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updated: 1/25/2011 7:25 AM

DuPage judge: Quinn 'grossly irresponsible' for stalling on death penalty

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  • Gov. Pat Quinn said he wants to study thoroughly the plan to abolish the death penalty before making a decision on it.

      Gov. Pat Quinn said he wants to study thoroughly the plan to abolish the death penalty before making a decision on it.
    Associated Press

  • John J. Kinsella

      John J. Kinsella

 
 

A DuPage County judge said it's "grossly irresponsible" for Gov. Pat Quinn to remain silent on whether he'll sign legislation that would abolish the state's death penalty.

Circuit Judge John Kinsella made a plea from the bench Monday for Quinn to end the uncertainty over Illinois' death penalty.

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"He's got to tell us if he's going to sign the bill and make it law," Kinsella said.

The judge's remarks came as he scheduled a May trial for an Addison man accused of killing his mother and a prostitute five years ago. Gary Schuning, 28, may face the death penalty if he is convicted of the Feb. 26, 2006, double-stabbing.

Schuning's attorney said he would be better prepared for trial if it were known that the bill recently passed by the Illinois General Assembly would abolish the death penalty as of July 1. The bill awaits Quinn's signature.

Kinsella said jury selection will be more complicated and the trial will take twice as long if it remains a death penalty case. Still, he said, it has been prepared for years as a death penalty case and will proceed that way.

Nevertheless, Kinsella said it would help prosecutors and defense attorneys throughout Illinois to know Quinn's decision about capital punishment.

"He needs to state his position one way or another," said Kinsella, adding several times that he considered the governor's silence to be "irresponsible."

Quinn spokeswoman Annie Thompson disagreed. The governor is in the process of reaching out to individuals on both sides of the issue "to try to gather as much information as possible" to make an informed decision.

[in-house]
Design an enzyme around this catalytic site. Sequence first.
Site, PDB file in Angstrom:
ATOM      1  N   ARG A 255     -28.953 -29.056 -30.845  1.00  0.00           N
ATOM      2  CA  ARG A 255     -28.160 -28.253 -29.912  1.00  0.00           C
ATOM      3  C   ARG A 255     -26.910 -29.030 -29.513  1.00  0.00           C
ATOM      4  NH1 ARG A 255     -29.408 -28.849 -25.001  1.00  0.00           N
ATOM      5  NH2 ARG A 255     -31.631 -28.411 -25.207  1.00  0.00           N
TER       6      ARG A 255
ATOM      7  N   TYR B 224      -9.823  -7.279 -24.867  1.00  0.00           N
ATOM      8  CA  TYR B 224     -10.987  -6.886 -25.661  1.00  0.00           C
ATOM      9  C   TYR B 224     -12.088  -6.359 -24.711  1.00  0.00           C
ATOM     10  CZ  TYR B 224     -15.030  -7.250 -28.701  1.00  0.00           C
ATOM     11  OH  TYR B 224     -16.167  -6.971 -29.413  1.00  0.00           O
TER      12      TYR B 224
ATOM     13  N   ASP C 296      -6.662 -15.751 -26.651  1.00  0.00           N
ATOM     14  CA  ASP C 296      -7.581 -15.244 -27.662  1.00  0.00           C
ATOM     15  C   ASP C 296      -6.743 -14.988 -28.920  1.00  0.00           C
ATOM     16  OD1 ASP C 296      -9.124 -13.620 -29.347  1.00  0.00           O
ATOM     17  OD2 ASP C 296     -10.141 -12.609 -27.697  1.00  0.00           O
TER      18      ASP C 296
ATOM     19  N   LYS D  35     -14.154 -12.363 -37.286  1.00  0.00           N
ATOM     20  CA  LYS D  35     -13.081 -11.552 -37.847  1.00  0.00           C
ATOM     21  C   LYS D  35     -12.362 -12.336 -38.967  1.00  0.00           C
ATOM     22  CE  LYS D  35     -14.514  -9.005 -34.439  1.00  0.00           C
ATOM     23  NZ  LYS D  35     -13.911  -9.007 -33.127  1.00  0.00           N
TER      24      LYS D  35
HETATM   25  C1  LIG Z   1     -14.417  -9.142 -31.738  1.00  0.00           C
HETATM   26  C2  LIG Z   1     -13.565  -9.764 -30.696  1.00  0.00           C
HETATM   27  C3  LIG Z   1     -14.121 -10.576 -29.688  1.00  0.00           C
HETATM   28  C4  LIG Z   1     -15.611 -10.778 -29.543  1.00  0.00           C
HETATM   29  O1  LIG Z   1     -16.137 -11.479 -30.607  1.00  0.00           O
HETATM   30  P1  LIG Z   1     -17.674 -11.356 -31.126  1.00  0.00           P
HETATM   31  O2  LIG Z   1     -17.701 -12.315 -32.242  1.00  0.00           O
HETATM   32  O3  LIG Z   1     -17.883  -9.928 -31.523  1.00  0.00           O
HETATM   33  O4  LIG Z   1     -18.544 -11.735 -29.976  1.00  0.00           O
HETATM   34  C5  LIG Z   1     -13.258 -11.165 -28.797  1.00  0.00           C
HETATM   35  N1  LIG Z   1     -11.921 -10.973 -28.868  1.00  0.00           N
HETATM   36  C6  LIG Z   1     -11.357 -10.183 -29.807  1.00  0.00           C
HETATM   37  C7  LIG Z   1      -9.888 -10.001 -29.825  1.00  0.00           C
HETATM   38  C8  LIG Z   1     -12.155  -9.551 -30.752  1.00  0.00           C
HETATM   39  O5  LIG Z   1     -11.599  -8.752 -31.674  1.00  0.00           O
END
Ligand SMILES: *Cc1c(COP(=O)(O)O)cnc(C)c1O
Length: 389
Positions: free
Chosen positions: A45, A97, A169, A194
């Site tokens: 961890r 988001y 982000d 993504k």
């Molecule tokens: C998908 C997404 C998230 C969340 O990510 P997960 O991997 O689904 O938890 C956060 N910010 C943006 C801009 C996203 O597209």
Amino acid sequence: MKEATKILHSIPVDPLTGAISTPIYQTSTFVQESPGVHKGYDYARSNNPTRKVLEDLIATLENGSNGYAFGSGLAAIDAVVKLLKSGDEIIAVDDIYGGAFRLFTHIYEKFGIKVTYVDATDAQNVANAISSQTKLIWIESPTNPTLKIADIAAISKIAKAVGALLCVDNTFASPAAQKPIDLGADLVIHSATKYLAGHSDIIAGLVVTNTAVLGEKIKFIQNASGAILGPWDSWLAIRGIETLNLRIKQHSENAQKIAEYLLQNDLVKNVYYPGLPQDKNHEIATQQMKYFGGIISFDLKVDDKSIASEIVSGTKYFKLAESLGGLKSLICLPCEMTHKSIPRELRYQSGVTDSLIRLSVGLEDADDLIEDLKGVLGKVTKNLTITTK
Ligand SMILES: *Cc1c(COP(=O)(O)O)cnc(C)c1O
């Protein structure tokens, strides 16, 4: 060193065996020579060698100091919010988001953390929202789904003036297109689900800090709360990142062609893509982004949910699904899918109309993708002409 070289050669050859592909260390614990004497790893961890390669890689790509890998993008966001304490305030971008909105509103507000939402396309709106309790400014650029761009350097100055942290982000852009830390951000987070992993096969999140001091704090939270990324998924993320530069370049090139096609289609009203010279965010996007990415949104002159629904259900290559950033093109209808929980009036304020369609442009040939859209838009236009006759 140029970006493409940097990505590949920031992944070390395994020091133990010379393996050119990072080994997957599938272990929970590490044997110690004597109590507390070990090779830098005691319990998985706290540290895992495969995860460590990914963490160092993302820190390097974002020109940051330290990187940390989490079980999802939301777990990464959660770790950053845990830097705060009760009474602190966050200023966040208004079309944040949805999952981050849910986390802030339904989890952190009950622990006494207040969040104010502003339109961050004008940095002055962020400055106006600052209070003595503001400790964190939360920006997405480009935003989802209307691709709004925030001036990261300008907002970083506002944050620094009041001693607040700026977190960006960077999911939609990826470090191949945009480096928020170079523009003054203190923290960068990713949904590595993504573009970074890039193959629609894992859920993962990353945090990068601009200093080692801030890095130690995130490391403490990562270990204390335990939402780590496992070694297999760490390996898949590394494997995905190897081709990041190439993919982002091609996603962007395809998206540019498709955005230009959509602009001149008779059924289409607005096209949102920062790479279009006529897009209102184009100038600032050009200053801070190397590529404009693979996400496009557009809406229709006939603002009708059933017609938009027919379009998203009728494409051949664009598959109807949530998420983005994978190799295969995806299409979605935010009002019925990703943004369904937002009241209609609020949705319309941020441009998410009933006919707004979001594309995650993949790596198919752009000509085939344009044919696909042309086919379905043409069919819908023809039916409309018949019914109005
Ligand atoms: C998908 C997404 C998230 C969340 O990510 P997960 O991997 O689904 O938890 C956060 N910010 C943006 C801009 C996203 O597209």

"Given the importance and significance of this legislation and what this law would mean for Illinois, we think it would be irresponsible not to be reviewing it before acting on it," Thompson said.

Quinn has until mid-March to sign or veto the legislation. If he doesn't act by that date, the legislation becomes law. While Quinn hasn't said when he will make a decision, Thompson said it will happen sometime before the deadline.

In the meantime, there have been no changes to the retrial of an Aurora man accused of murdering his 16-year-old stepdaughter.

Prosecutors again plan to seek the death penalty for Laurence Lovejoy, 45, who was convicted of murder and sentenced to death in 2007. The Illinois Supreme Court later overturned the verdict and ordered another trial. Lovejoy's new trial is scheduled to begin today.

"We have to proceed as if we still have a death penalty because the governor could veto this bill," said DuPage County State's Attorney Robert Berlin, who is prosecuting the Lovejoy case. "If that's the case, then the law is still on the books."

If Quinn signs the legislation while the Lovejoy trial is ongoing, Berlin said prosecutors would have to decide if they are still going to seek the death penalty.

Still, Berlin said it's understandable that the governor wants to take time before making a decision.

"I think the fact that he has not signed it yet clearly indicates that he's giving it serious consideration," Berlin said. "It's still our hope that the governor is going to realize that there are certain cases where the death penalty is appropriate."

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